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Old 06-16-2019, 03:10 PM
 
11,123 posts, read 8,531,120 times
Reputation: 28094

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1. Take your home address off of your resume. Just list your name, phone #, and email.
2. Apply to places within a reasonable driving distance so you can drive to any potential interviews.
3. Cover letters really aren't needed unless specifically requested. No need to explain anything that hasn't been requested.

If you have a strong resume, you will get calls. Anything that needs to be explained, can be explained later after the interview or offer.

Of course, I am assuming you are going to cover your own relocation costs.
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Old 06-16-2019, 04:11 PM
 
Location: Tempe, AZ
4,552 posts, read 3,637,492 times
Reputation: 3625
Quote:
Originally Posted by bobsell View Post
Telling the truth is not "debbie downer"

Employers have ridiculous standards.



If you don't want to deal with the real world, you're welcome not to. You have to get around the geographic discrimination.



If both of you bothered to read my entire post, you'll see it wasn't intended as advice, but rather as a slam at unrealistic and unreasonable requirements of entitled employers.

Both of your sarcasm detectors are broken and need retuning.
Iím asking for advice against geographic discrimination that is actually realistic. Iím 24 and single and donít have 10 years of savings to where I can do this. If you arenít going to provide that, please leave. I already know itís a uphill battle, thatís not what Iím asking for. Iím asking for tips on the actual application, not committing financial suicide.

Quote:
Originally Posted by charlygal View Post
1. Take your home address off of your resume. Just list your name, phone #, and email.
2. Apply to places within a reasonable driving distance so you can drive to any potential interviews.
3. Cover letters really aren't needed unless specifically requested. No need to explain anything that hasn't been requested.

If you have a strong resume, you will get calls. Anything that needs to be explained, can be explained later after the interview or offer.

Of course, I am assuming you are going to cover your own relocation costs.
What about in applications that make you enter your address in a text field?
I already stated there were no jobs in a reasonable driving distance. Iím trying to move far away anyway. The nearest job is a contract position in Flagstaff 2 hours away.

Yes I can fund my own relo. What I canít do is move somewhere with no support system without a job lined up, like some people are insisting is the only way this is done.
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Old 06-16-2019, 06:37 PM
 
Location: Seattle
1,757 posts, read 1,014,807 times
Reputation: 3013
Provide the address, leaving it off will almost certainly put you in the no-hire pile.

As I mentioned, address relocation in the cover letter.
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Old 06-17-2019, 02:20 AM
 
Location: U.S.A., Earth
4,490 posts, read 2,877,828 times
Reputation: 4006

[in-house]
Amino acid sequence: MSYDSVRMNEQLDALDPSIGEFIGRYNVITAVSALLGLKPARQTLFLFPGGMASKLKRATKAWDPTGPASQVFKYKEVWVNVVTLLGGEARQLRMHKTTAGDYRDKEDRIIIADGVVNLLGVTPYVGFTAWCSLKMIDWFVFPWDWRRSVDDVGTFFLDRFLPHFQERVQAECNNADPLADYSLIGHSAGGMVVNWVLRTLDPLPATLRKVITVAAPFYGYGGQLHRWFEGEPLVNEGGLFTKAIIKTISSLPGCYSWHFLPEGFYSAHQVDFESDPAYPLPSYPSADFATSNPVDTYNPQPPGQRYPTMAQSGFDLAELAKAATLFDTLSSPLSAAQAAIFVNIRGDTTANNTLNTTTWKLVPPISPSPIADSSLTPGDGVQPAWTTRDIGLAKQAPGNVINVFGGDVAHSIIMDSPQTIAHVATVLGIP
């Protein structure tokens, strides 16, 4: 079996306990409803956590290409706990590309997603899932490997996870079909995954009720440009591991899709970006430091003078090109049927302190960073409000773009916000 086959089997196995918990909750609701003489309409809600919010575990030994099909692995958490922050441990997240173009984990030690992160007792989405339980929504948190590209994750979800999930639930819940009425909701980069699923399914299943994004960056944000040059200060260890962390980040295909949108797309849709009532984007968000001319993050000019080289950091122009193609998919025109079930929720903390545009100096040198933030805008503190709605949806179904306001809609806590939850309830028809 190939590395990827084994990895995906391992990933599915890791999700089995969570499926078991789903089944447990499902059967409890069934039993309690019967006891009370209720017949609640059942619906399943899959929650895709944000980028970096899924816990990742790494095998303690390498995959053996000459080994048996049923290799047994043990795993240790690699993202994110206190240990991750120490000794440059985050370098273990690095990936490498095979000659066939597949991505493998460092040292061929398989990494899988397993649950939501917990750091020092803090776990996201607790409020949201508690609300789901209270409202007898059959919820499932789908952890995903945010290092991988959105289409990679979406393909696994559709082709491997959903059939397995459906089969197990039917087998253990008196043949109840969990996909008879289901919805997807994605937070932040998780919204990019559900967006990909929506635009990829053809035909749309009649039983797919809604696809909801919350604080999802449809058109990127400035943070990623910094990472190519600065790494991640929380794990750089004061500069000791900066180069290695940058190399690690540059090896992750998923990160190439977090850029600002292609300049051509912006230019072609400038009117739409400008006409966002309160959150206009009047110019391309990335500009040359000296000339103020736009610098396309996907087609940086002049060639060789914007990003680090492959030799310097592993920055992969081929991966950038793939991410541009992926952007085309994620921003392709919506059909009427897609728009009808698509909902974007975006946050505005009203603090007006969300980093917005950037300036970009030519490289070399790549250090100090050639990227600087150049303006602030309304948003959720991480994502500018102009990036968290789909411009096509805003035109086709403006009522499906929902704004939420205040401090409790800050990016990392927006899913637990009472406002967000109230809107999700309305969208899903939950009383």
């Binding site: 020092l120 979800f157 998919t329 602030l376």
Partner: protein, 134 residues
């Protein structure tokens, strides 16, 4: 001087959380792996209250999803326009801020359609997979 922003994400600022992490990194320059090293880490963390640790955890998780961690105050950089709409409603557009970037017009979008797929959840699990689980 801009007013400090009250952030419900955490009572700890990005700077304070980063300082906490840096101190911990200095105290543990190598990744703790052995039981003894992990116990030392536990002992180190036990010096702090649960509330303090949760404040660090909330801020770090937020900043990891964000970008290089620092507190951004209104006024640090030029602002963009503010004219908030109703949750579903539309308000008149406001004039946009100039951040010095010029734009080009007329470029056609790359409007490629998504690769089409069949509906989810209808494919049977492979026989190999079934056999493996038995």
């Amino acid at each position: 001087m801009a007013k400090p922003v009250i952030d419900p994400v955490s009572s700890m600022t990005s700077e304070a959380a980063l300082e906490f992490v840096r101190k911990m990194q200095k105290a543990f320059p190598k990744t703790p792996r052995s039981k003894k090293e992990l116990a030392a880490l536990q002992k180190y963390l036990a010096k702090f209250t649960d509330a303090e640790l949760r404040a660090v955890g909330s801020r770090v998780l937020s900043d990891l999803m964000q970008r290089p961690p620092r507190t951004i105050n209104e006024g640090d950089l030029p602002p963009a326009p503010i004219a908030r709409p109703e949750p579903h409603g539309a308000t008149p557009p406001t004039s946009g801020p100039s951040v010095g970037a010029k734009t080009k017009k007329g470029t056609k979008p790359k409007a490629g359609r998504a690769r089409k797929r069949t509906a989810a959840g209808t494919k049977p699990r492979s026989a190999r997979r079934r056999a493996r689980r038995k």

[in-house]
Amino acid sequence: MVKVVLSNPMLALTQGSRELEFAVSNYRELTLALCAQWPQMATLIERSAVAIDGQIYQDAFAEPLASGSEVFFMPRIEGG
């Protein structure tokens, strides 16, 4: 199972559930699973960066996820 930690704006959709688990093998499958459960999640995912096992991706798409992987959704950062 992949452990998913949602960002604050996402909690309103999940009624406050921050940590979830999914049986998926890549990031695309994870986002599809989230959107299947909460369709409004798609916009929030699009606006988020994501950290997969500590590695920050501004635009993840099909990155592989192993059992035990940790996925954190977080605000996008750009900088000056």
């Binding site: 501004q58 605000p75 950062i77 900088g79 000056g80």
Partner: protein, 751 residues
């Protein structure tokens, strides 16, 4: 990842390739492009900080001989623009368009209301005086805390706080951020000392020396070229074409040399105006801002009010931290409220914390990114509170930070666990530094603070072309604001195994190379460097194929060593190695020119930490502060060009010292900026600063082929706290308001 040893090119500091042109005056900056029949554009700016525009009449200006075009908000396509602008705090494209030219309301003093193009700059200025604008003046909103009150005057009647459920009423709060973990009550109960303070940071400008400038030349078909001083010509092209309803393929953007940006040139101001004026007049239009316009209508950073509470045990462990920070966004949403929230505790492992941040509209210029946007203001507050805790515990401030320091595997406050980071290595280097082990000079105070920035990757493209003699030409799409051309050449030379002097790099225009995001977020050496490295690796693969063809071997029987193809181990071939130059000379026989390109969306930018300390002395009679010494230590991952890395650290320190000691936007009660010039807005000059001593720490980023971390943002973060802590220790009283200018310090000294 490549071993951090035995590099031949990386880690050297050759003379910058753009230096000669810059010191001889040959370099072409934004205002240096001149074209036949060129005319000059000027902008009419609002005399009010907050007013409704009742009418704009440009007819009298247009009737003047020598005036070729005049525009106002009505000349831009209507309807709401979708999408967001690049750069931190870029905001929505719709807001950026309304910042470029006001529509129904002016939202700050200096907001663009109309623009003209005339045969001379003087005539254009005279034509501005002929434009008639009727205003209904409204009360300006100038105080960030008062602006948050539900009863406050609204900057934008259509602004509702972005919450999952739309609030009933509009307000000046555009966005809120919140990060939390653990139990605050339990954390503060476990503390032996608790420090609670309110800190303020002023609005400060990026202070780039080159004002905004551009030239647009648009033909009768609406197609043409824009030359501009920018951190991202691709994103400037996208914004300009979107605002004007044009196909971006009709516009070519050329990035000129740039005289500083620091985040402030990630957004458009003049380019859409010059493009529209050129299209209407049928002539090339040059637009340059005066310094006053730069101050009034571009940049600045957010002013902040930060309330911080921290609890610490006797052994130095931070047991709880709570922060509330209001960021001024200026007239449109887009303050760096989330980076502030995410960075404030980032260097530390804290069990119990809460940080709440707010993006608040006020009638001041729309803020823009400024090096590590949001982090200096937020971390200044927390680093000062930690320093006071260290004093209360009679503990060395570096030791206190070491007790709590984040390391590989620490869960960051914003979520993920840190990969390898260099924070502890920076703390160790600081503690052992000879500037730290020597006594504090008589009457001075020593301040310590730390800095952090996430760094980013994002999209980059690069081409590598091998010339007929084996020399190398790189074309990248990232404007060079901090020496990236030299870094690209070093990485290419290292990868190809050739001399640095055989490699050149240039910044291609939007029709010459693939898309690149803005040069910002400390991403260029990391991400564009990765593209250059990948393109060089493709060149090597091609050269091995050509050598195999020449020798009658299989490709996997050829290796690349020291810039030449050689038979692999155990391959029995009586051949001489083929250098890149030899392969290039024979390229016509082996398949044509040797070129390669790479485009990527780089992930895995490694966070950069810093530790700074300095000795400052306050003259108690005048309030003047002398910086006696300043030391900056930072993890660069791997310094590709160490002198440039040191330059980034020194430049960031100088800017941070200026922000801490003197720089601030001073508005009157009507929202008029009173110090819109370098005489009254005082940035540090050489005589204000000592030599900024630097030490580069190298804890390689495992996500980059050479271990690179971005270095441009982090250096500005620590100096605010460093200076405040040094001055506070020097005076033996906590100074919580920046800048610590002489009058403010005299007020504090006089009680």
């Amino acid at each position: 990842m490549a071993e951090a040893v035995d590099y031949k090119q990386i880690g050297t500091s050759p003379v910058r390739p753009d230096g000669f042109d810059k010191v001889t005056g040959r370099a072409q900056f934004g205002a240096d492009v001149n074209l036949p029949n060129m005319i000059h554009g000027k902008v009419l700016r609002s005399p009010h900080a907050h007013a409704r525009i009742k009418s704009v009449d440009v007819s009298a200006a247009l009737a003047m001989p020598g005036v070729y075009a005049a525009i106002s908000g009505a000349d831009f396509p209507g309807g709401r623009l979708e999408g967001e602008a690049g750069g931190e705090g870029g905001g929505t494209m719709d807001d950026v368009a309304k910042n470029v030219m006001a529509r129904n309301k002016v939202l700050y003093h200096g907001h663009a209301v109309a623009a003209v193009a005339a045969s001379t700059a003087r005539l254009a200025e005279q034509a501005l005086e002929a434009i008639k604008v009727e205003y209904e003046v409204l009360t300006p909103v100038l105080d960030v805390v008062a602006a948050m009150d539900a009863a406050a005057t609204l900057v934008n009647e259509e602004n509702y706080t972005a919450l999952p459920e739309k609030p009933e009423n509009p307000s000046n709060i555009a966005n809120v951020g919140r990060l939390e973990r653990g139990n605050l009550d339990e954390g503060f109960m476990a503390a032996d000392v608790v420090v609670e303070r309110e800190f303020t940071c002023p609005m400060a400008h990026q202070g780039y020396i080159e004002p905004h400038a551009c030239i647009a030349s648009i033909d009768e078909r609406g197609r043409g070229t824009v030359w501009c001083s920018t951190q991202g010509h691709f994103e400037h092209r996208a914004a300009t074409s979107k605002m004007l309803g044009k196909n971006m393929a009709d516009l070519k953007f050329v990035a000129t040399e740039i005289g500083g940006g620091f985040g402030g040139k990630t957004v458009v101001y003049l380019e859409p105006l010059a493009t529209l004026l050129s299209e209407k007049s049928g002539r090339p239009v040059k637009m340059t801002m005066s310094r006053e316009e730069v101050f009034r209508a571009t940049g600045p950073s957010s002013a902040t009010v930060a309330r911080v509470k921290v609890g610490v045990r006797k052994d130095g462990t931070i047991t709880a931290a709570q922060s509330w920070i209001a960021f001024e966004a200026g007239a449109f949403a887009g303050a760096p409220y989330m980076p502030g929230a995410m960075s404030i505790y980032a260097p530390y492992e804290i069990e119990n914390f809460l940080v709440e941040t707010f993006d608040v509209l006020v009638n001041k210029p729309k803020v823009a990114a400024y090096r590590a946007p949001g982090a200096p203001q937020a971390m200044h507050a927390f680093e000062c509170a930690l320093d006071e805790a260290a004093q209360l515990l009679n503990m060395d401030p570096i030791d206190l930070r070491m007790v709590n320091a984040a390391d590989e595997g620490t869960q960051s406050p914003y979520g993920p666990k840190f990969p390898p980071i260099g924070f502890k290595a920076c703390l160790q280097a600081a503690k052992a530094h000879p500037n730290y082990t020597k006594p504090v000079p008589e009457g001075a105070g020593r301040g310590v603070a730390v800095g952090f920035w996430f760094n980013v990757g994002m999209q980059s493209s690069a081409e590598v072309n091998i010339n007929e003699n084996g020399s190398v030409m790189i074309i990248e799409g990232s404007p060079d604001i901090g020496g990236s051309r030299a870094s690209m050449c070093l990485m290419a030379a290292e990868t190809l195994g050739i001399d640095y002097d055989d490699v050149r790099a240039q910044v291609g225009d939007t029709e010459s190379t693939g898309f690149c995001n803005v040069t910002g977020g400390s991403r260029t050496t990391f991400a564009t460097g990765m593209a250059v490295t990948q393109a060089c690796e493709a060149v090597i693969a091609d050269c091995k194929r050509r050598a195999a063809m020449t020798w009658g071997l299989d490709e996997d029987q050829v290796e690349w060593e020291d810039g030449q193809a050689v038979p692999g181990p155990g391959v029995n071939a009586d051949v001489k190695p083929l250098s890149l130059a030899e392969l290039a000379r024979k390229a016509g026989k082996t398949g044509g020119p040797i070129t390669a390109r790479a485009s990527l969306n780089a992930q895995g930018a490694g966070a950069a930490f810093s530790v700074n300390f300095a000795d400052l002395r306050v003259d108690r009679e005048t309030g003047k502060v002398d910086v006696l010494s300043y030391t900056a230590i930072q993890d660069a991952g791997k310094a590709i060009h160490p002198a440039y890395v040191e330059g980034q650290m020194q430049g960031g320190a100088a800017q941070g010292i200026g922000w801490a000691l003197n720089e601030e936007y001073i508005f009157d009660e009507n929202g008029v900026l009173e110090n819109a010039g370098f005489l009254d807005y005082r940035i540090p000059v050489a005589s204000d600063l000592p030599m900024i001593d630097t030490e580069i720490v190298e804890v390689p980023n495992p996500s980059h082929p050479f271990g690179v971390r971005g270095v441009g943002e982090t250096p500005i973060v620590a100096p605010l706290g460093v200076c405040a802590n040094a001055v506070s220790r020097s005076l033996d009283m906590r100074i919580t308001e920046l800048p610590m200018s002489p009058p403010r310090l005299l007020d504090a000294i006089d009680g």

If you're applying to government positions, shouldn't you be applying through USAjobs.gov? In that case, the process there is different. Off the top of my head, you need a resume that's suited for government jobs. Typically, resumes are 1 to 2 pages, but resumes tend to be 4 to 5 pages, with some around 10 pages for more experienced folk. However, don't recall if this is only for federal jobs, or all sorts of government positions


.


"You're damned if you do and you're damned if you don't" on the address part. I would just leave it on. If it's SUCH A BIG DEAL that you need to be local for a new position, they'll take steps to eliminate you from the get-go even if you leave it off. I don't doubt that some folks here on C-D have made the "move to an area without a job lined up first. THEN look for work" method work. However, that is NOT me. First off, when I was job hunting, I wasn't dead set on any one particular city. New York, Boston, the south, midwest, west coast... it was all good so long as they paid me enough to make it work. When I got an offer of employment, signed, and returned via certified mail, I'd use the time from then to my start day to hunt for apartments. If out of town, stay a day or 2 at a hotel. Prior to getting my first real/career job, I was living with my parents. Both me and them agreed there's no point in throwing away rent money when they had a place for me to live in the meantime.


For the resume (assuming you apply to it normally, as opposed to government avenue), try to tailor it for the position, mention the skills in your resume that they're looking for from their job listing. If you're emailing someone, attach your resume in Word or PDF format.


.


COVER LETTER... include this in the body of the email.
Sample template below....



I am writing to apply for the ____ position in __city and state__ listed for that job.


I have reviewed the job listing andbelieve I am a very good fit for the role following reasons:

list 2 to 4 bullet points that'll apply to the job (like advanced Microsoft Office skills for tech writing, whatever). Brief details under each

I look forward to speaking with youabout how my skills and experiences can add more value to __company__. In the meantime, please see my resume thatwas included as part of this application, and do not hesitate to contact me forany further information you may need.



Best Regards,
your name
your phone number



.

More cases than not, HM are busy, so when in doubt, make it brief.
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Old 06-17-2019, 08:59 AM
 
639 posts, read 1,375,681 times
Reputation: 562
I've been on both sides of this issue. I successfully found employement in another state prior to my move, and I've hired people from out-of-state.